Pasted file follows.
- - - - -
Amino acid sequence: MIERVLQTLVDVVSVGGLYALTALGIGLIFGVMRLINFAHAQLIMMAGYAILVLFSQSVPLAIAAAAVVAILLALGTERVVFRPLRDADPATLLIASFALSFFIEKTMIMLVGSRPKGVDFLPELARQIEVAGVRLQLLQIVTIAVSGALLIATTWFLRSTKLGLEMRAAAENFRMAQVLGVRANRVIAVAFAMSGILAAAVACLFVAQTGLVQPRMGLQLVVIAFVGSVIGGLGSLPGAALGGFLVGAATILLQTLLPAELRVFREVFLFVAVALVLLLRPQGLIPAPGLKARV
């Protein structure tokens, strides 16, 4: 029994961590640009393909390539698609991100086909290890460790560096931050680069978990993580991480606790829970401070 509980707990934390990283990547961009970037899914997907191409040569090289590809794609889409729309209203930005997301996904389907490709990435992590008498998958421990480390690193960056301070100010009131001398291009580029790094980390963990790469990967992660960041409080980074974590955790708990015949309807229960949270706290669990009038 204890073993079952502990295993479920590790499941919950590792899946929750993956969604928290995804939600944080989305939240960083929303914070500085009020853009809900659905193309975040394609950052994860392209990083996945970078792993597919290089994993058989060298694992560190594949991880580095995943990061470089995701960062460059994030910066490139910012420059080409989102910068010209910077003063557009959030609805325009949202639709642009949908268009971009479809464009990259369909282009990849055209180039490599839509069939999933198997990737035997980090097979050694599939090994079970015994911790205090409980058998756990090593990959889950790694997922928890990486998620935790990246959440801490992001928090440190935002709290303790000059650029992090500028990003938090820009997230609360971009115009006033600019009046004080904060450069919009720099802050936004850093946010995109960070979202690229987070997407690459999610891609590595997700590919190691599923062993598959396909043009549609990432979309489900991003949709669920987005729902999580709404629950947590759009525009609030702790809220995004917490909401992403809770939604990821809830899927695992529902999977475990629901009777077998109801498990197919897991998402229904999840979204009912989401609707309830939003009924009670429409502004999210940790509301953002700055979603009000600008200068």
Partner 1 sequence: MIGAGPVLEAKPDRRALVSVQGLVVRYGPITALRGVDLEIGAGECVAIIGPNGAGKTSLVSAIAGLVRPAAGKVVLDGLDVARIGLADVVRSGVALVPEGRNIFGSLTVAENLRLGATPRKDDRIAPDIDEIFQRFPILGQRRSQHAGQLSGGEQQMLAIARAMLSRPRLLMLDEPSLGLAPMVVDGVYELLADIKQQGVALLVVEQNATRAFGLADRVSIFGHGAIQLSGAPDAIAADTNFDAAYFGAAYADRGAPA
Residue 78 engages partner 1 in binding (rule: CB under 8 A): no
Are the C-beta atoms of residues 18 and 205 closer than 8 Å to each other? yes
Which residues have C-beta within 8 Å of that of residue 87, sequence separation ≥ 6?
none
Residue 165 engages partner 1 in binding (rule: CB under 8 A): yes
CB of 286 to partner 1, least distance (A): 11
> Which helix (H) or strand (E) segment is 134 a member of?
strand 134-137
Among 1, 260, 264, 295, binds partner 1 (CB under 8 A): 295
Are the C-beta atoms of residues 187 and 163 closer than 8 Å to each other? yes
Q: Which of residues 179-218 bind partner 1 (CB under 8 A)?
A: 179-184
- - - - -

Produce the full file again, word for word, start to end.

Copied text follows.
Amino acid sequence: MIERVLQTLVDVVSVGGLYALTALGIGLIFGVMRLINFAHAQLIMMAGYAILVLFSQSVPLAIAAAAVVAILLALGTERVVFRPLRDADPATLLIASFALSFFIEKTMIMLVGSRPKGVDFLPELARQIEVAGVRLQLLQIVTIAVSGALLIATTWFLRSTKLGLEMRAAAENFRMAQVLGVRANRVIAVAFAMSGILAAAVACLFVAQTGLVQPRMGLQLVVIAFVGSVIGGLGSLPGAALGGFLVGAATILLQTLLPAELRVFREVFLFVAVALVLLLRPQGLIPAPGLKARV
């Protein structure tokens, strides 16, 4: 029994961590640009393909390539698609991100086909290890460790560096931050680069978990993580991480606790829970401070 509980707990934390990283990547961009970037899914997907191409040569090289590809794609889409729309209203930005997301996904389907490709990435992590008498998958421990480390690193960056301070100010009131001398291009580029790094980390963990790469990967992660960041409080980074974590955790708990015949309807229960949270706290669990009038 204890073993079952502990295993479920590790499941919950590792899946929750993956969604928290995804939600944080989305939240960083929303914070500085009020853009809900659905193309975040394609950052994860392209990083996945970078792993597919290089994993058989060298694992560190594949991880580095995943990061470089995701960062460059994030910066490139910012420059080409989102910068010209910077003063557009959030609805325009949202639709642009949908268009971009479809464009990259369909282009990849055209180039490599839509069939999933198997990737035997980090097979050694599939090994079970015994911790205090409980058998756990090593990959889950790694997922928890990486998620935790990246959440801490992001928090440190935002709290303790000059650029992090500028990003938090820009997230609360971009115009006033600019009046004080904060450069919009720099802050936004850093946010995109960070979202690229987070997407690459999610891609590595997700590919190691599923062993598959396909043009549609990432979309489900991003949709669920987005729902999580709404629950947590759009525009609030702790809220995004917490909401992403809770939604990821809830899927695992529902999977475990629901009777077998109801498990197919897991998402229904999840979204009912989401609707309830939003009924009670429409502004999210940790509301953002700055979603009000600008200068």
Partner 1 sequence: MIGAGPVLEAKPDRRALVSVQGLVVRYGPITALRGVDLEIGAGECVAIIGPNGAGKTSLVSAIAGLVRPAAGKVVLDGLDVARIGLADVVRSGVALVPEGRNIFGSLTVAENLRLGATPRKDDRIAPDIDEIFQRFPILGQRRSQHAGQLSGGEQQMLAIARAMLSRPRLLMLDEPSLGLAPMVVDGVYELLADIKQQGVALLVVEQNATRAFGLADRVSIFGHGAIQLSGAPDAIAADTNFDAAYFGAAYADRGAPA
Residue 78 engages partner 1 in binding (rule: CB under 8 A): no
Are the C-beta atoms of residues 18 and 205 closer than 8 Å to each other? yes
Which residues have C-beta within 8 Å of that of residue 87, sequence separation ≥ 6?
none
Residue 165 engages partner 1 in binding (rule: CB under 8 A): yes
CB of 286 to partner 1, least distance (A): 11
> Which helix (H) or strand (E) segment is 134 a member of?
strand 134-137
Among 1, 260, 264, 295, binds partner 1 (CB under 8 A): 295
Are the C-beta atoms of residues 187 and 163 closer than 8 Å to each other? yes
Q: Which of residues 179-218 bind partner 1 (CB under 8 A)?
A: 179-184